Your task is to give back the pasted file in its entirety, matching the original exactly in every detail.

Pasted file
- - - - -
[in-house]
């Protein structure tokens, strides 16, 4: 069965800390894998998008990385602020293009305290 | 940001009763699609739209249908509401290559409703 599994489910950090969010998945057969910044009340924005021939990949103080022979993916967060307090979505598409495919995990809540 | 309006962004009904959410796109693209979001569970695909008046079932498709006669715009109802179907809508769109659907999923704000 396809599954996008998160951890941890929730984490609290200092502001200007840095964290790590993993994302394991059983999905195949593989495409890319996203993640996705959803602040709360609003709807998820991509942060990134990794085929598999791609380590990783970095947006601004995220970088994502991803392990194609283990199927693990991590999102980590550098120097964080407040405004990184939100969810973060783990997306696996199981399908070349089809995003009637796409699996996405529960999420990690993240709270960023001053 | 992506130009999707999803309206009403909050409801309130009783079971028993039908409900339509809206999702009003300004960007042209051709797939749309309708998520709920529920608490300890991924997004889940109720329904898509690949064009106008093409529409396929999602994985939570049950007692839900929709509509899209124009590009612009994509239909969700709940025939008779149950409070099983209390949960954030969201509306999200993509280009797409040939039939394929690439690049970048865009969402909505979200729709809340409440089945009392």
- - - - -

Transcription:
[in-house]
């Protein structure tokens, strides 16, 4: 069965800390894998998008990385602020293009305290 | 940001009763699609739209249908509401290559409703 599994489910950090969010998945057969910044009340924005021939990949103080022979993916967060307090979505598409495919995990809540 | 309006962004009904959410796109693209979001569970695909008046079932498709006669715009109802179907809508769109659907999923704000 396809599954996008998160951890941890929730984490609290200092502001200007840095964290790590993993994302394991059983999905195949593989495409890319996203993640996705959803602040709360609003709807998820991509942060990134990794085929598999791609380590990783970095947006601004995220970088994502991803392990194609283990199927693990991590999102980590550098120097964080407040405004990184939100969810973060783990997306696996199981399908070349089809995003009637796409699996996405529960999420990690993240709270960023001053 | 992506130009999707999803309206009403909050409801309130009783079971028993039908409900339509809206999702009003300004960007042209051709797939749309309708998520709920529920608490300890991924997004889940109720329904898509690949064009106008093409529409396929999602994985939570049950007692839900929709509509899209124009590009612009994509239909969700709940025939008779149950409070099983209390949960954030969201509306999200993509280009797409040939039939394929690439690049970048865009969402909505979200729709809340409440089945009392």